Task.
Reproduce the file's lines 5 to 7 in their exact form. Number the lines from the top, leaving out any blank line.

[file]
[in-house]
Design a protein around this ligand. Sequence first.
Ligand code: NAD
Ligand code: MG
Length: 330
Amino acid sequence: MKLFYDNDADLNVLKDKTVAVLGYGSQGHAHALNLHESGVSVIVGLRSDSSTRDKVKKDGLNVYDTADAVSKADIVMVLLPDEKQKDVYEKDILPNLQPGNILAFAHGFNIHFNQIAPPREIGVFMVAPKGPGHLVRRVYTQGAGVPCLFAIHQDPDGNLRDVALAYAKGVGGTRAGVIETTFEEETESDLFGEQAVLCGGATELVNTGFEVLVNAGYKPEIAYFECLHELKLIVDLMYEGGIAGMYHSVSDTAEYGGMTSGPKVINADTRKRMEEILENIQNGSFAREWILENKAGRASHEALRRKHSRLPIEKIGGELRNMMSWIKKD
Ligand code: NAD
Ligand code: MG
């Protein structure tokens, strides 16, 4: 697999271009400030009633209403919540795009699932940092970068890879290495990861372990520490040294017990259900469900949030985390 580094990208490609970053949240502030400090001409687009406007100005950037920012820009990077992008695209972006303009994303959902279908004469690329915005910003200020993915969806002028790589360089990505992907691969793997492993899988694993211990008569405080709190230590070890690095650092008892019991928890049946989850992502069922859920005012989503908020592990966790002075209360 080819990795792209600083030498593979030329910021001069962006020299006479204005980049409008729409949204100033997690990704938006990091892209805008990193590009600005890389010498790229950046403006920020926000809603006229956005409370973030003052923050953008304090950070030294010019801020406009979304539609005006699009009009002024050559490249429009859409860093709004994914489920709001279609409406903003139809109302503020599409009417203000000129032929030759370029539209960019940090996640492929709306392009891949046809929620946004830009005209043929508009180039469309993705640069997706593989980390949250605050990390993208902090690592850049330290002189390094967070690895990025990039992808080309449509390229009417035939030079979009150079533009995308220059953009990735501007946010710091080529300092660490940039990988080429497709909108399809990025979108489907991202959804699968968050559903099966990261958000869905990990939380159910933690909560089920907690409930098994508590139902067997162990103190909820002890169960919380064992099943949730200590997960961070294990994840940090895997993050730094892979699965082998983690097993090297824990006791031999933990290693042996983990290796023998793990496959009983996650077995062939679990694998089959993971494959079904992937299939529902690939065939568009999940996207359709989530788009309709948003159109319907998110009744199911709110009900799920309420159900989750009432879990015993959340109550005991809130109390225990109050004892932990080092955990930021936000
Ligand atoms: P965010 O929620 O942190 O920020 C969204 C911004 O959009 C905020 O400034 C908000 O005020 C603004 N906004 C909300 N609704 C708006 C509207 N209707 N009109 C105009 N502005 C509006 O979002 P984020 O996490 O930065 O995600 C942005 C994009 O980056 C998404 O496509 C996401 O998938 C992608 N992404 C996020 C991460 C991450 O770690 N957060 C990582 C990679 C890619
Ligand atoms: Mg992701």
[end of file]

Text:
Length: 330
Amino acid sequence: MKLFYDNDADLNVLKDKTVAVLGYGSQGHAHALNLHESGVSVIVGLRSDSSTRDKVKKDGLNVYDTADAVSKADIVMVLLPDEKQKDVYEKDILPNLQPGNILAFAHGFNIHFNQIAPPREIGVFMVAPKGPGHLVRRVYTQGAGVPCLFAIHQDPDGNLRDVALAYAKGVGGTRAGVIETTFEEETESDLFGEQAVLCGGATELVNTGFEVLVNAGYKPEIAYFECLHELKLIVDLMYEGGIAGMYHSVSDTAEYGGMTSGPKVINADTRKRMEEILENIQNGSFAREWILENKAGRASHEALRRKHSRLPIEKIGGELRNMMSWIKKD
Ligand code: NAD